Within the collaborative process, tensions would arise when there was a question of legitimate ownership of knowledge or there was a struggle to grant or remove agency. For example, conflicts over writing styles based on differing professional standards often resulted in the realigning of negotiated knowledge. This realignment was sometimes interpreted as diminishing the agency to use certain professional knowledge that others in the group may have valued less than another profession’s knowledge. An example of this would be the conflict the group had over the language used for an elearning module. While Ronda believed a certain tone of language was needed as part of effective engagement strategies in instructional design, Phillip believed the language would be inappropriate for the healthcare profession. For those whose self-concept was strongly tied to the profession such as Phillip, Ronda’s questioning the use of traditional healthcare rhetoric could be perceived as others questioning his professionalism or expertise within the profession and, thus, his self-concept. However, as Skitka’s (2003) accessible identity model implies, the cognitive dissonance created through different professional standards could be resolved by group members identifying others as part of a different profession. In other words, different perceptions of valued knowledge and expertise might be caused by different professional alliances, but these differences might be accepted by project group members of differing professions because of perceived differences of professional alliances within a distributed group. As a result, Ronda aligned her work with Phillip, but at the same time relinquished individual ownership in exchange for the group knowledge and granted Phillip a greater level of agency in the creation of the elearning modules. However, she maintained her individual professional knowledge ownership on what makes a good elearning module.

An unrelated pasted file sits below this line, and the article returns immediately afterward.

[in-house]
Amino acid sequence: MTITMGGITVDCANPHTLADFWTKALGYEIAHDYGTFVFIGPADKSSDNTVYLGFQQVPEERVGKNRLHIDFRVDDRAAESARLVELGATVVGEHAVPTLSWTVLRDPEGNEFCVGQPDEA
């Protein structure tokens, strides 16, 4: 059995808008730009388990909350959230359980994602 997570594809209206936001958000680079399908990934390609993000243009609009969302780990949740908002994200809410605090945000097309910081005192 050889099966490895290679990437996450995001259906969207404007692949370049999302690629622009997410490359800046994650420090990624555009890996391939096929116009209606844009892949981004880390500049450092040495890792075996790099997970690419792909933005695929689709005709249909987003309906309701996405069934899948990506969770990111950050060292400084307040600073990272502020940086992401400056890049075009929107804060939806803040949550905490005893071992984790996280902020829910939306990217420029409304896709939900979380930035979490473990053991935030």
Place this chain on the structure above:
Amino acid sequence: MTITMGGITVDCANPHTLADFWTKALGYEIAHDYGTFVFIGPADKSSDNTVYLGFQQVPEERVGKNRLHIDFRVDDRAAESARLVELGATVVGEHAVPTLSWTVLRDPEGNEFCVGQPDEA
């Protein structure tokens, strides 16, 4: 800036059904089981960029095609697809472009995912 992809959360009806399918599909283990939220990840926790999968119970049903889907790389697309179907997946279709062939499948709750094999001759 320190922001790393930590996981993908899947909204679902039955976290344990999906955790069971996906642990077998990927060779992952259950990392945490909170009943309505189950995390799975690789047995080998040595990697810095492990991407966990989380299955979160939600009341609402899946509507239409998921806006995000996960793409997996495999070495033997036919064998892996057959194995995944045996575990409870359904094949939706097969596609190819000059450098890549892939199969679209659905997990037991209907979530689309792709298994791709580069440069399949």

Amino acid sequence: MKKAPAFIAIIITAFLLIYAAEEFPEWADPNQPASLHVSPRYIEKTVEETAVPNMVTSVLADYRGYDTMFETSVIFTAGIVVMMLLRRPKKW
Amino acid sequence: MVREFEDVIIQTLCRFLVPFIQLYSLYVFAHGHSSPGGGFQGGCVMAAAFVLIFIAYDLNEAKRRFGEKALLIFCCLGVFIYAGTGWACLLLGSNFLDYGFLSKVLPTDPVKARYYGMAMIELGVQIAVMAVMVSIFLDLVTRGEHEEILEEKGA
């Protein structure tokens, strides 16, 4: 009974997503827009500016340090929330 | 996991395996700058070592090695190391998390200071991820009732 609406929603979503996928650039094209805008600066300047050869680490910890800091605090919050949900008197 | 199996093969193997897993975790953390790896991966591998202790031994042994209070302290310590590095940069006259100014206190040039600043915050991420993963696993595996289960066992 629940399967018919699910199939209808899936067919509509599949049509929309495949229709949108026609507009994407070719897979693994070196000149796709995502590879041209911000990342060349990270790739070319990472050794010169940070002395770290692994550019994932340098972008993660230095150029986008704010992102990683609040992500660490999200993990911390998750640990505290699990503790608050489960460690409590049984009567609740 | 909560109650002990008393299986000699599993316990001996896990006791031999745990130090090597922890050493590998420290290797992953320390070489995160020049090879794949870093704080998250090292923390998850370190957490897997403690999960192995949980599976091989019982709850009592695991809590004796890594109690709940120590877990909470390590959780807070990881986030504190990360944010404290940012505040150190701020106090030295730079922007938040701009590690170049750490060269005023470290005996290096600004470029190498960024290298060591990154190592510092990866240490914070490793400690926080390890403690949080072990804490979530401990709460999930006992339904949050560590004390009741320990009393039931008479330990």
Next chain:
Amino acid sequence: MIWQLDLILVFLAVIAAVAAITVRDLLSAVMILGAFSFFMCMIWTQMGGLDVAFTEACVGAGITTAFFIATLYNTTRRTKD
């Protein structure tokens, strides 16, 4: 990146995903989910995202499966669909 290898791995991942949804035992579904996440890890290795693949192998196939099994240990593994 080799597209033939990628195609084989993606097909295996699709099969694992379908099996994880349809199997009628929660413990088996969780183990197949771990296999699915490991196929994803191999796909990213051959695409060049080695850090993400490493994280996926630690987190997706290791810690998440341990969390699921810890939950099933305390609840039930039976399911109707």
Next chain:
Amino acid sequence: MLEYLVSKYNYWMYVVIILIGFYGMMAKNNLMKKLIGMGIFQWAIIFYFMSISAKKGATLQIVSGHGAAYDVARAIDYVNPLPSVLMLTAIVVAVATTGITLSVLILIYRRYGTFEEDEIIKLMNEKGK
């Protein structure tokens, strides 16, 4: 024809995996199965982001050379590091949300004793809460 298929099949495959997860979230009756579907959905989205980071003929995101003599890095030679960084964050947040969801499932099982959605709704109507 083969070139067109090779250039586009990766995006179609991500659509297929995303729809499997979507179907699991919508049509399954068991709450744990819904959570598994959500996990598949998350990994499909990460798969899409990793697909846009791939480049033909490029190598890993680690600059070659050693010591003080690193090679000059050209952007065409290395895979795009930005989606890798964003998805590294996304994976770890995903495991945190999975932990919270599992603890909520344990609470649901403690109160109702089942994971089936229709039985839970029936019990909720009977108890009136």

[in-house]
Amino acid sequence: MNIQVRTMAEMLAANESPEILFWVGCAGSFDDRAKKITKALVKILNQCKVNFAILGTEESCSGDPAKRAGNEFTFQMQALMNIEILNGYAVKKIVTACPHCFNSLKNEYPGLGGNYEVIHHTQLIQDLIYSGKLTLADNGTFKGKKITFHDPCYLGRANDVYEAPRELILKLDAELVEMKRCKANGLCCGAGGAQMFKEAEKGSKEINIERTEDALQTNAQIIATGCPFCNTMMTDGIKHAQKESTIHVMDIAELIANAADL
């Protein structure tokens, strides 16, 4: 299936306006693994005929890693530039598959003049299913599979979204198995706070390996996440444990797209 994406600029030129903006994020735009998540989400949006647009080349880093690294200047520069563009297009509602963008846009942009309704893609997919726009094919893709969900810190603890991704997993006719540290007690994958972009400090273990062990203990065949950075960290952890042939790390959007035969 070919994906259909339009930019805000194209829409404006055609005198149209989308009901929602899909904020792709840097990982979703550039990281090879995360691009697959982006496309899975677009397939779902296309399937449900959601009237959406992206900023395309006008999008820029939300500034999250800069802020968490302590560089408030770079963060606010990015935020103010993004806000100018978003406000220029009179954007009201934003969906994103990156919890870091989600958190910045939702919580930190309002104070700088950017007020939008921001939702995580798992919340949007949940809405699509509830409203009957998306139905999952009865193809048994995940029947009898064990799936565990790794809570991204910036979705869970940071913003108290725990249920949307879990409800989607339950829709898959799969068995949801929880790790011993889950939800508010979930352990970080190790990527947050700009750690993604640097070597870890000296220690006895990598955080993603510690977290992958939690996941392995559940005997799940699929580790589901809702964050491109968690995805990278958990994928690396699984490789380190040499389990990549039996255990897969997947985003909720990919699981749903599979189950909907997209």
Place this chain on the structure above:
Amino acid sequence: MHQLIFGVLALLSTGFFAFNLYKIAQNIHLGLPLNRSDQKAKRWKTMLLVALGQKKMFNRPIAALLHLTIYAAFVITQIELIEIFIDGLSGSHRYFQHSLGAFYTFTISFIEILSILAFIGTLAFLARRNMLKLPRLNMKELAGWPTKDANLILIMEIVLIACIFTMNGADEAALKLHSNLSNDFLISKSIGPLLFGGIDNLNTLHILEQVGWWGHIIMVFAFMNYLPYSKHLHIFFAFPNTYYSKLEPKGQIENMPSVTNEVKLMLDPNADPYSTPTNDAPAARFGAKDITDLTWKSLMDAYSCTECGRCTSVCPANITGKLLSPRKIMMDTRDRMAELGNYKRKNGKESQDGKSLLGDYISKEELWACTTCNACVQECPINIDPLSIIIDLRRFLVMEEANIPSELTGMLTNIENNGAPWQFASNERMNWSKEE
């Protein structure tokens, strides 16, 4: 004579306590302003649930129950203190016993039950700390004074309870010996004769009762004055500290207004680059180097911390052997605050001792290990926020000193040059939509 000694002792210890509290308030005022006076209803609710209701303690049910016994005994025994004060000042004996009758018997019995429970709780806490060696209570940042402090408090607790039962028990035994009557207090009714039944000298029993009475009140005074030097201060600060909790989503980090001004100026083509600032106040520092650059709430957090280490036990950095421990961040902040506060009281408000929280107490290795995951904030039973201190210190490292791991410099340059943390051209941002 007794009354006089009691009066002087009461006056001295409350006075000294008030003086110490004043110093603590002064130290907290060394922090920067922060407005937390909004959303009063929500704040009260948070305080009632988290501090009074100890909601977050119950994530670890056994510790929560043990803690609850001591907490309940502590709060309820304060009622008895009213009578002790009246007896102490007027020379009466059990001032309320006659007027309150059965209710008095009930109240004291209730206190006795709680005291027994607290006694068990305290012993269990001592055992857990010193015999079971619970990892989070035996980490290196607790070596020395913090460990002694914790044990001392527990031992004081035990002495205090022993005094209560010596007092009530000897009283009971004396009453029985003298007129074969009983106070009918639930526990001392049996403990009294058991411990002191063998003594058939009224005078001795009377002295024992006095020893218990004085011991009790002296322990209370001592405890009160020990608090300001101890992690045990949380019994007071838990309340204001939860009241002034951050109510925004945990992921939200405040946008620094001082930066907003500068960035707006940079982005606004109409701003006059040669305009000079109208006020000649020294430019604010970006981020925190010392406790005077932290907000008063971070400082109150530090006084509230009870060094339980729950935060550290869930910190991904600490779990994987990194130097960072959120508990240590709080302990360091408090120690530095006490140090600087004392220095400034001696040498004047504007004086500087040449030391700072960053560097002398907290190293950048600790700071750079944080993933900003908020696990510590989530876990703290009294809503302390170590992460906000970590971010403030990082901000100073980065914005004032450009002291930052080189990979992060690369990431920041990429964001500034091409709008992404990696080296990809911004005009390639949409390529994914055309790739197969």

At other times, differing knowledge about the same topic were allowed to coexist with ownership being shared within the group or between levels (departments, organizational, or stakeholders). For example, even though the negotiated knowledge about the curriculum was the basis for the training manuals and elearning modules, there were differences in the final products produced within different departments, even between those from the same profession. The training manuals developed for the face to face training deparment and the elearning developed for the IT department had fundamental differences. The curriculum knowledge upon which the manuals and modules were based was perceived as being owned by the project group, funder, and organization as a whole. The knowledge used to deliver the curriculum (which tended to be transactional knowledge) was owned separately by individual group members and their departments. The curriculum was perceived as being very valuable at all levels of the project. As a result, it was important to participants that there was a sense of ownership at all levels. The variation in the delivery of the curriculum could be attributed to a sense of lack of agency by individuals (i.e. Olivia and David) and departments (elearning and Video Production); differences in perceived value; or by the transfer of ownership to other levels or project members.